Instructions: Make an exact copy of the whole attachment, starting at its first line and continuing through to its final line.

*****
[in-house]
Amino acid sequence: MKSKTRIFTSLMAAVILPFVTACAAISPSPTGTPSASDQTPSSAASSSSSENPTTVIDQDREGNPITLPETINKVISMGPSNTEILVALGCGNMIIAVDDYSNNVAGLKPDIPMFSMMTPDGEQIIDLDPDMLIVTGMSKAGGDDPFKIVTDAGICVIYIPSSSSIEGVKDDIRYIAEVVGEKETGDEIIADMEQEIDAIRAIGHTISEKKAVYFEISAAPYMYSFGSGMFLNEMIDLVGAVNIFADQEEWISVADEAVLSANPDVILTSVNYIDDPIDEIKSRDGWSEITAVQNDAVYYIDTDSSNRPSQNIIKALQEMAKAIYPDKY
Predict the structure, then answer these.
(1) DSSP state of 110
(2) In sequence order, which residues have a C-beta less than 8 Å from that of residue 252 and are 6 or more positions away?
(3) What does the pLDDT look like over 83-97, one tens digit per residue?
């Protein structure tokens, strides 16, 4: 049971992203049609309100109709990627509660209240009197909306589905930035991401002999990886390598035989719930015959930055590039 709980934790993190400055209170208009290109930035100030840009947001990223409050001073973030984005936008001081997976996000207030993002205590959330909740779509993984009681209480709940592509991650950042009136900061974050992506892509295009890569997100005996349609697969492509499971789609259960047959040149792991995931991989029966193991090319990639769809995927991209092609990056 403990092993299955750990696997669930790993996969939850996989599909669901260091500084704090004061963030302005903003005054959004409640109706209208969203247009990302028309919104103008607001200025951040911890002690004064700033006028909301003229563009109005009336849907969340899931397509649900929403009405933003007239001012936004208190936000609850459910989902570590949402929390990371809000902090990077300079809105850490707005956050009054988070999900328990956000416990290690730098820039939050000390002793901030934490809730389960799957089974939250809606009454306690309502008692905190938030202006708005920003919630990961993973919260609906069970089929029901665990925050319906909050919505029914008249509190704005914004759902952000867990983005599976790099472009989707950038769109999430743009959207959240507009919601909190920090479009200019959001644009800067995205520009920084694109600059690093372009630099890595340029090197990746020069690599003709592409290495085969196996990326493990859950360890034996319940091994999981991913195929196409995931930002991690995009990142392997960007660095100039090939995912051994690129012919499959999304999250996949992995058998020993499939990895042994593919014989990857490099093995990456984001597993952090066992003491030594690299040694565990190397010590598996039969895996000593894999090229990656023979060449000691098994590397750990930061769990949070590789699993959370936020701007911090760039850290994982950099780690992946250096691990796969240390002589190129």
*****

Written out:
[in-house]
Amino acid sequence: MKSKTRIFTSLMAAVILPFVTACAAISPSPTGTPSASDQTPSSAASSSSSENPTTVIDQDREGNPITLPETINKVISMGPSNTEILVALGCGNMIIAVDDYSNNVAGLKPDIPMFSMMTPDGEQIIDLDPDMLIVTGMSKAGGDDPFKIVTDAGICVIYIPSSSSIEGVKDDIRYIAEVVGEKETGDEIIADMEQEIDAIRAIGHTISEKKAVYFEISAAPYMYSFGSGMFLNEMIDLVGAVNIFADQEEWISVADEAVLSANPDVILTSVNYIDDPIDEIKSRDGWSEITAVQNDAVYYIDTDSSNRPSQNIIKALQEMAKAIYPDKY
Predict the structure, then answer these.
(1) DSSP state of 110
(2) In sequence order, which residues have a C-beta less than 8 Å from that of residue 252 and are 6 or more positions away?
(3) What does the pLDDT look like over 83-97, one tens digit per residue?
């Protein structure tokens, strides 16, 4: 049971992203049609309100109709990627509660209240009197909306589905930035991401002999990886390598035989719930015959930055590039 709980934790993190400055209170208009290109930035100030840009947001990223409050001073973030984005936008001081997976996000207030993002205590959330909740779509993984009681209480709940592509991650950042009136900061974050992506892509295009890569997100005996349609697969492509499971789609259960047959040149792991995931991989029966193991090319990639769809995927991209092609990056 403990092993299955750990696997669930790993996969939850996989599909669901260091500084704090004061963030302005903003005054959004409640109706209208969203247009990302028309919104103008607001200025951040911890002690004064700033006028909301003229563009109005009336849907969340899931397509649900929403009405933003007239001012936004208190936000609850459910989902570590949402929390990371809000902090990077300079809105850490707005956050009054988070999900328990956000416990290690730098820039939050000390002793901030934490809730389960799957089974939250809606009454306690309502008692905190938030202006708005920003919630990961993973919260609906069970089929029901665990925050319906909050919505029914008249509190704005914004759902952000867990983005599976790099472009989707950038769109999430743009959207959240507009919601909190920090479009200019959001644009800067995205520009920084694109600059690093372009630099890595340029090197990746020069690599003709592409290495085969196996990326493990859950360890034996319940091994999981991913195929196409995931930002991690995009990142392997960007660095100039090939995912051994690129012919499959999304999250996949992995058998020993499939990895042994593919014989990857490099093995990456984001597993952090066992003491030594690299040694565990190397010590598996039969895996000593894999090229990656023979060449000691098994590397750990930061769990949070590789699993959370936020701007911090760039850290994982950099780690992946250096691990796969240390002589190129």